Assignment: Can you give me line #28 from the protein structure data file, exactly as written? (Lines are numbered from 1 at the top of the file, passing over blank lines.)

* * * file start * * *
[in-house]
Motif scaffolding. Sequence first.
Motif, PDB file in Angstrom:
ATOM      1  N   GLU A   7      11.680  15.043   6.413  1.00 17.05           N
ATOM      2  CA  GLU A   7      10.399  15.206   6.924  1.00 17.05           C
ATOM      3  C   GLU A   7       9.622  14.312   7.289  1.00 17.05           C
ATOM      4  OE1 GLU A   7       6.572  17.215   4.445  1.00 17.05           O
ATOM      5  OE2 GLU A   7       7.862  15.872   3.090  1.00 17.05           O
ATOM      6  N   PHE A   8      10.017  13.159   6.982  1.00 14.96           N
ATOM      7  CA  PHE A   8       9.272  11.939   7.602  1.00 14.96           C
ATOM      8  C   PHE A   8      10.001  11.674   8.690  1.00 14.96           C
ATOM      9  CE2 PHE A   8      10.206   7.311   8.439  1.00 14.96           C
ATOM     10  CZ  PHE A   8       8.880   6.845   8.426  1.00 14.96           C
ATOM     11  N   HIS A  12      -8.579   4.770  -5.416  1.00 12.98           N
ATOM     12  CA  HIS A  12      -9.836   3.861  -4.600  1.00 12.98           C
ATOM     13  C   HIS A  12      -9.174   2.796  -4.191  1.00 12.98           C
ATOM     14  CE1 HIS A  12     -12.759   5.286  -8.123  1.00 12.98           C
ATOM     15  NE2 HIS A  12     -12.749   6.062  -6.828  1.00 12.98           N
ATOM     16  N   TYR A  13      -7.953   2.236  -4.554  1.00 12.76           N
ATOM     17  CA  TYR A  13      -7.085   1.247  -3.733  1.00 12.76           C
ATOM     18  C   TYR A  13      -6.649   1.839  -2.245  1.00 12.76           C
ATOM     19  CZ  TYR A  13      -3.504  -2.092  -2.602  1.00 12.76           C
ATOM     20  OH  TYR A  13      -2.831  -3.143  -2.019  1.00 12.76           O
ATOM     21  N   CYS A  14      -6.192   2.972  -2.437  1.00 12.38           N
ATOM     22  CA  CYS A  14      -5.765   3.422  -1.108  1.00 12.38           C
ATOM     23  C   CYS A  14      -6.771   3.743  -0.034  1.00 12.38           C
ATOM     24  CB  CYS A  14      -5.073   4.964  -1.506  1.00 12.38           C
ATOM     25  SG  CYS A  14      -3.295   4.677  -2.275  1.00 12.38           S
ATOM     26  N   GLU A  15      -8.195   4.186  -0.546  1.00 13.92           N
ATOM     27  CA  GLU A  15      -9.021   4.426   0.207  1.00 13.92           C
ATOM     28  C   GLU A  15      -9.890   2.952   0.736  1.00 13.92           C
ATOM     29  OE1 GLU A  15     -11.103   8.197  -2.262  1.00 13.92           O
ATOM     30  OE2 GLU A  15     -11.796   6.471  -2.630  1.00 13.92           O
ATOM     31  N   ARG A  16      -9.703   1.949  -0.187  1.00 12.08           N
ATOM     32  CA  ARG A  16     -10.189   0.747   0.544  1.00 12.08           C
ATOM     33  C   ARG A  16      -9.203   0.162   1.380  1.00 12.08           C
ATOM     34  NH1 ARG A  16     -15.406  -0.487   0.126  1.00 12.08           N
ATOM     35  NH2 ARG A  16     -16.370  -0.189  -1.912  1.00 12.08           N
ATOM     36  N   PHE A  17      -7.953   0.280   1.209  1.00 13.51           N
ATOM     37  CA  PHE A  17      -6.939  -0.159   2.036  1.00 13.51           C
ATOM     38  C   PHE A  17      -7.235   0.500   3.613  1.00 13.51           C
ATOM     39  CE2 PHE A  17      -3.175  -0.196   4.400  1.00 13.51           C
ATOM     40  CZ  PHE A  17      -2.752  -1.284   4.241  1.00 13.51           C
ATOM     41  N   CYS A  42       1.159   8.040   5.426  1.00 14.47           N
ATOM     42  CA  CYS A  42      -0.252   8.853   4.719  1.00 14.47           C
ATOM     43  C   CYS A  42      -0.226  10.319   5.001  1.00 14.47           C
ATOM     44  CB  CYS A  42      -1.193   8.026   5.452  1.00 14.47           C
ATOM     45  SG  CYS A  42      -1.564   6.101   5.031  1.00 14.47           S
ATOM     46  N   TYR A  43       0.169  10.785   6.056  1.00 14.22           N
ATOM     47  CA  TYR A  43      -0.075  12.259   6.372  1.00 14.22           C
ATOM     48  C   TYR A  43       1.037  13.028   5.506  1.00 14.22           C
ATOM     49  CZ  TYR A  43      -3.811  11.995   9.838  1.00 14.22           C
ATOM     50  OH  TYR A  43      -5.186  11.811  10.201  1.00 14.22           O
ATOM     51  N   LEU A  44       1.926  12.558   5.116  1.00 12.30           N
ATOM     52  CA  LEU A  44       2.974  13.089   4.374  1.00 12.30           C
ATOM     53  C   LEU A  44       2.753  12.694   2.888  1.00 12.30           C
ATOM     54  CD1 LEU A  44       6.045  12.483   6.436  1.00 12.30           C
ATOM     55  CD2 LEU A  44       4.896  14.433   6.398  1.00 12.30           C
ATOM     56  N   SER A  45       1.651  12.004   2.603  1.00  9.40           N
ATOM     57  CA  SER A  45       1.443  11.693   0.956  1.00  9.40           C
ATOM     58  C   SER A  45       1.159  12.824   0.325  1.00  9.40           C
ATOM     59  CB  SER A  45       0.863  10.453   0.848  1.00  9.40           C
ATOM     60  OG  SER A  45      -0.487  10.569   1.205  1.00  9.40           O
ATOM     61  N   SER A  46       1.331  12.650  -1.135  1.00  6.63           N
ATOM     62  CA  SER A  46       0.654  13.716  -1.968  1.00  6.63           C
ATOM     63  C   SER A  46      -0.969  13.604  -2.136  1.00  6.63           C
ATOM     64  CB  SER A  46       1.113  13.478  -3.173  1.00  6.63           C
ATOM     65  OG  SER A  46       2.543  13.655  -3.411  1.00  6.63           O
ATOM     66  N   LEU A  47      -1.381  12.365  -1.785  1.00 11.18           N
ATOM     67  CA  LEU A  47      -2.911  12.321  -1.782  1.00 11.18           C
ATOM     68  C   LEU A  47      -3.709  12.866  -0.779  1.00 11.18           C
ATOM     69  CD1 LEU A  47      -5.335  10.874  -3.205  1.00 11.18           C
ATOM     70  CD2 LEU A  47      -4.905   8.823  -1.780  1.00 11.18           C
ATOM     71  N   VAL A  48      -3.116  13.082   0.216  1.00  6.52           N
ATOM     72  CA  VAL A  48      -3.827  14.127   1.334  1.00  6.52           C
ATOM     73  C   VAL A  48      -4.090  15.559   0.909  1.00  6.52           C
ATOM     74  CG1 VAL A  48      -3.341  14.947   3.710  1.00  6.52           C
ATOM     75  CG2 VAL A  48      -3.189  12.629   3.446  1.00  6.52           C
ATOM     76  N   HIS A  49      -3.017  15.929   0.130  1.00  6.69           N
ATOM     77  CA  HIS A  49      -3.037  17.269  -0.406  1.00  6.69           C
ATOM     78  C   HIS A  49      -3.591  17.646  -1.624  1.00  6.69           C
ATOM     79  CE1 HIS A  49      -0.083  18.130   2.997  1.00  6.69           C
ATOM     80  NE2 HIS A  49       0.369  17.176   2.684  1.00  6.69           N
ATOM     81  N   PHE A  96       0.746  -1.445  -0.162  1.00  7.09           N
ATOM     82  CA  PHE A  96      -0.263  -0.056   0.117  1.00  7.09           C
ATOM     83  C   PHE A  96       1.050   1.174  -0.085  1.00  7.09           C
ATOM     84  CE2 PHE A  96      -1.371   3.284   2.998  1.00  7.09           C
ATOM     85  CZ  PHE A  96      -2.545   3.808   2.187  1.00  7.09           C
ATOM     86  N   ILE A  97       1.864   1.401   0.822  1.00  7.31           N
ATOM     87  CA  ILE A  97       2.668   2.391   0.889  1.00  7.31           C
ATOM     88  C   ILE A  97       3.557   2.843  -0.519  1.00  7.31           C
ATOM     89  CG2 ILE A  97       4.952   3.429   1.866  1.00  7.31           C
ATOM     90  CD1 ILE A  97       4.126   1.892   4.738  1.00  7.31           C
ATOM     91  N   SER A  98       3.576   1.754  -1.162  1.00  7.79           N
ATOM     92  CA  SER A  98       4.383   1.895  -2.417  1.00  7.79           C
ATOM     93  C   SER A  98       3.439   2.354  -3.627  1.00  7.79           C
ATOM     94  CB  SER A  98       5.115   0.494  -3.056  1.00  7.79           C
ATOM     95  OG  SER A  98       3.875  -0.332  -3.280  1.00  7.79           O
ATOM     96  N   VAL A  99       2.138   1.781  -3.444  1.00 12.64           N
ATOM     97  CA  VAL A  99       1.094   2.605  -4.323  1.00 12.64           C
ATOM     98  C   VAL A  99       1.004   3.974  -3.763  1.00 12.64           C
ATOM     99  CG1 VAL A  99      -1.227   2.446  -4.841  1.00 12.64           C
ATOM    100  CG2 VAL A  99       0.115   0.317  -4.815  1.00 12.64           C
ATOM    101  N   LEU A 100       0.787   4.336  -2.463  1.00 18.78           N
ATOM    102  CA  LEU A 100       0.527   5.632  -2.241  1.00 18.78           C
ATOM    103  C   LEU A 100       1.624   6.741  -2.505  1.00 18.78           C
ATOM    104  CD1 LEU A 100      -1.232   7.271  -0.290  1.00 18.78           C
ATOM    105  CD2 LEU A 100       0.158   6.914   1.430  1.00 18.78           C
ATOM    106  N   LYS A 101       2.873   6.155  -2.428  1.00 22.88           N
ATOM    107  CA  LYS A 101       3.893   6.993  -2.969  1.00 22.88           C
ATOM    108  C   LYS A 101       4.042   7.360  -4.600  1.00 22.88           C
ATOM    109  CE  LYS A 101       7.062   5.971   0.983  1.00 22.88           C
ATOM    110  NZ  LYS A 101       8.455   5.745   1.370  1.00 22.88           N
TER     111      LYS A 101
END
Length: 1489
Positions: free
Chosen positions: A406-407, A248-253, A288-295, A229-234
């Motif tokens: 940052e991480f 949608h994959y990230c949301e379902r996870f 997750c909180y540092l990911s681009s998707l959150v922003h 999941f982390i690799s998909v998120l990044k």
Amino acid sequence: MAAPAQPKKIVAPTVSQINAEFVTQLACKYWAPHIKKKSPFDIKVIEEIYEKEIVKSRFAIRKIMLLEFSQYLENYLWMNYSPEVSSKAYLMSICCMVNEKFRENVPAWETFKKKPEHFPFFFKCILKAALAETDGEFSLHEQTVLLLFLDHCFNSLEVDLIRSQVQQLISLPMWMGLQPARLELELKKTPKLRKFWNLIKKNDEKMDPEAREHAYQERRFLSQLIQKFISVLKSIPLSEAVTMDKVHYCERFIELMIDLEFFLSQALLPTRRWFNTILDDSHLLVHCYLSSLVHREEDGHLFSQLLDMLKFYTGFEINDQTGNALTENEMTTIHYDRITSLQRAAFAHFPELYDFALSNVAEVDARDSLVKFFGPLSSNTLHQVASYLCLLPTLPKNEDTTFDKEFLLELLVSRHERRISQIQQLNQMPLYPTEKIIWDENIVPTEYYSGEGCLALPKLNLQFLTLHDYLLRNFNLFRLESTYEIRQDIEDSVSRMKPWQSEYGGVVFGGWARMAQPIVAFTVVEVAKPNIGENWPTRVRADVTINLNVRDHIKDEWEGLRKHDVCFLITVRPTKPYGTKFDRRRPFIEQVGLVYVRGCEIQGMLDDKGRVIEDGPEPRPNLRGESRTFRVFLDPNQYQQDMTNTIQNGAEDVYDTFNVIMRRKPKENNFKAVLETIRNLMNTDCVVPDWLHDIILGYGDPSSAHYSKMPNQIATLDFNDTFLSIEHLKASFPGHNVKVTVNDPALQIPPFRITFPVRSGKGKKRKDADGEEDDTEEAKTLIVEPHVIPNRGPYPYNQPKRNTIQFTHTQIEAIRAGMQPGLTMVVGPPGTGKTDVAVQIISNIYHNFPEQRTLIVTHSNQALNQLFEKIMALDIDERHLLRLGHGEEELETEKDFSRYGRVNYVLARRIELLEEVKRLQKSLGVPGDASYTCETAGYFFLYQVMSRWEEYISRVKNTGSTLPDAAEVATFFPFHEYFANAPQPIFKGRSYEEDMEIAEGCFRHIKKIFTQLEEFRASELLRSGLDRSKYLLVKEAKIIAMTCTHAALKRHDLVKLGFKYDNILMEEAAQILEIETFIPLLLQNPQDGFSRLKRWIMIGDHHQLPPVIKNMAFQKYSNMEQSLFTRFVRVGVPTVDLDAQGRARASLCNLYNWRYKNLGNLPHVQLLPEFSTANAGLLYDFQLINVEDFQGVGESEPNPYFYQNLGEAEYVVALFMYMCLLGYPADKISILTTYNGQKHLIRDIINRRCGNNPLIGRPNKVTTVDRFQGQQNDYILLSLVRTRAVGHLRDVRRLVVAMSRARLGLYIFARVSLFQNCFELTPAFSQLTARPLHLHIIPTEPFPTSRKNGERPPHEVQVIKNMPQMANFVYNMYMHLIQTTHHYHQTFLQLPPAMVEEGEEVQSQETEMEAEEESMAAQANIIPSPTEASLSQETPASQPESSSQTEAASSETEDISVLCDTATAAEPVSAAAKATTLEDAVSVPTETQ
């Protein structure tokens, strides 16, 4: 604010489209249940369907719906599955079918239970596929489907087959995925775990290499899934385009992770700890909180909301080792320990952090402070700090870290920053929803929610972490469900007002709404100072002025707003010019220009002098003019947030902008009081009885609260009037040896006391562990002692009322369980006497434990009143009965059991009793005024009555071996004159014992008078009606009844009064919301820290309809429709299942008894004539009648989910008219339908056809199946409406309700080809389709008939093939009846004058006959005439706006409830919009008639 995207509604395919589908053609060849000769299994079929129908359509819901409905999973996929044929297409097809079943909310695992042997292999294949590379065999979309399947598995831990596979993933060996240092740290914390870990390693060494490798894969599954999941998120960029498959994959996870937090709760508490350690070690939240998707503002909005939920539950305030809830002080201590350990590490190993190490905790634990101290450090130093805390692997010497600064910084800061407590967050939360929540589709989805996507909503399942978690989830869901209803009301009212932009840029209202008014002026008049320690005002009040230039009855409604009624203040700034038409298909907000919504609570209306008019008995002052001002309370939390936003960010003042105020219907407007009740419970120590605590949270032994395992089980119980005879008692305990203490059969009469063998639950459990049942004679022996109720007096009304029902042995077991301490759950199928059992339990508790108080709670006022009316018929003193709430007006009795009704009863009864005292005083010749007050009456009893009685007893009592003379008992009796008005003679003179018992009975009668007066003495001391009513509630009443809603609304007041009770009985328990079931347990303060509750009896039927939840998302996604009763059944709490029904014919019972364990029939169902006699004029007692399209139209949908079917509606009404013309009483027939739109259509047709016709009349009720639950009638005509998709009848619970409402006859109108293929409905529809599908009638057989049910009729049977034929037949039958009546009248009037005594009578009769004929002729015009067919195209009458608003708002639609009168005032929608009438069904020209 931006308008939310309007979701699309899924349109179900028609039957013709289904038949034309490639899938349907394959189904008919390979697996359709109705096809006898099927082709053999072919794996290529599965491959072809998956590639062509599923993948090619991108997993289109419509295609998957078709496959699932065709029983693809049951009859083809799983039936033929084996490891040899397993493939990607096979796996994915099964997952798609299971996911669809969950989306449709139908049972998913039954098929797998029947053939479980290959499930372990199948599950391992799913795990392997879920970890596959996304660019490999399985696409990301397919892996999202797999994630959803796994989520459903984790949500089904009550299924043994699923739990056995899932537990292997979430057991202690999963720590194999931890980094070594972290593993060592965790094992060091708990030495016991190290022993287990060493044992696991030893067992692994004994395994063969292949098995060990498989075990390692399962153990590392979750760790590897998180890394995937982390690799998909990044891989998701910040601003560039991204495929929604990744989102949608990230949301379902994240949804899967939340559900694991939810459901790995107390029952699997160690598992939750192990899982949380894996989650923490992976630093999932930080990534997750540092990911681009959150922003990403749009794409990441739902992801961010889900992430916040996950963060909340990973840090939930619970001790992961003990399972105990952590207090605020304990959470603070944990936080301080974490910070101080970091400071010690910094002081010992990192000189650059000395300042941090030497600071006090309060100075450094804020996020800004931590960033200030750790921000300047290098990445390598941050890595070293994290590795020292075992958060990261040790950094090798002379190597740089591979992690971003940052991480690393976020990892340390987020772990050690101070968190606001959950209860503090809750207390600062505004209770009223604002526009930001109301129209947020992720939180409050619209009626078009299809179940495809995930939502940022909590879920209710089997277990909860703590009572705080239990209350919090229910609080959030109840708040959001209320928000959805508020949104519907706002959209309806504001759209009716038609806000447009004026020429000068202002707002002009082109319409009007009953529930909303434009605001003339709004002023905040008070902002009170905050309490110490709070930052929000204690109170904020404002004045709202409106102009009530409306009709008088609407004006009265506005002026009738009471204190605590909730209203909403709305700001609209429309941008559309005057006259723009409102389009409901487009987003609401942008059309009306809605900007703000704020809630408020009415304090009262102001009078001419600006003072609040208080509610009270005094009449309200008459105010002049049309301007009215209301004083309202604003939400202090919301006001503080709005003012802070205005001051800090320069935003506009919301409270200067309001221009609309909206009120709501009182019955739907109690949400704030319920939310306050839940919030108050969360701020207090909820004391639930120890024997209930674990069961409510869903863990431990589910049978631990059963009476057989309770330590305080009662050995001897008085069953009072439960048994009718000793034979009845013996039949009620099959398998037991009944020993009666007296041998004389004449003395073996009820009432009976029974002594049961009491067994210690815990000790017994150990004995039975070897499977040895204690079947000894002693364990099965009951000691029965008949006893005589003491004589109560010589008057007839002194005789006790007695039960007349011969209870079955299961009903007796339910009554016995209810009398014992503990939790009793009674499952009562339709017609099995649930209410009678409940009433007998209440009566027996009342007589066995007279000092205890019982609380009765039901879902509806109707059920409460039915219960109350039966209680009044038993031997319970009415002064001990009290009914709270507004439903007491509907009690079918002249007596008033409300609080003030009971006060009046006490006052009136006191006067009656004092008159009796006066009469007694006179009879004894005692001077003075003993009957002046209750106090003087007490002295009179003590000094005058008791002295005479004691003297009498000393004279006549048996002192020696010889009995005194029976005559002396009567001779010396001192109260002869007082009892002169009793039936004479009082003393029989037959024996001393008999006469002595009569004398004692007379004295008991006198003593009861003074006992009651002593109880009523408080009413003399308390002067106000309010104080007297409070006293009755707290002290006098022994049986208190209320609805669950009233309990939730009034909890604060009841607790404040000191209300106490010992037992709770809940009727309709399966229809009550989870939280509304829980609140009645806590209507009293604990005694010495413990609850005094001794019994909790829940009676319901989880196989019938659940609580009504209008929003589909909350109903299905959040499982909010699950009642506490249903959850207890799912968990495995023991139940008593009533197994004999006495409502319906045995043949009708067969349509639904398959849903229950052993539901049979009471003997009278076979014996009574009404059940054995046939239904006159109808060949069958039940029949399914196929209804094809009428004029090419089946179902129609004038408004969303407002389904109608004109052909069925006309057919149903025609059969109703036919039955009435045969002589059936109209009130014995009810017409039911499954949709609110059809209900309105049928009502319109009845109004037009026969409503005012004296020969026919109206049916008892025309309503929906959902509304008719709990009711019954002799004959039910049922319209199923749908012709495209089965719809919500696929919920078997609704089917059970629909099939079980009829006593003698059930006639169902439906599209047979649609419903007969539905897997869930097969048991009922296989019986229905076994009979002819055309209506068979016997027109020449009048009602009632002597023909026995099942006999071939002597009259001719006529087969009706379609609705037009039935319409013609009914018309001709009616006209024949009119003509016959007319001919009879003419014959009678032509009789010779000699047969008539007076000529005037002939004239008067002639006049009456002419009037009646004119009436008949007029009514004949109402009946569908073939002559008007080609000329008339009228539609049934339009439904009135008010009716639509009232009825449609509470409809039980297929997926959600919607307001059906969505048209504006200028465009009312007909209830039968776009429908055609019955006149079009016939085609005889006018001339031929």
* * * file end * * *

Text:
ATOM     25  SG  CYS A  14      -3.295   4.677  -2.275  1.00 12.38           S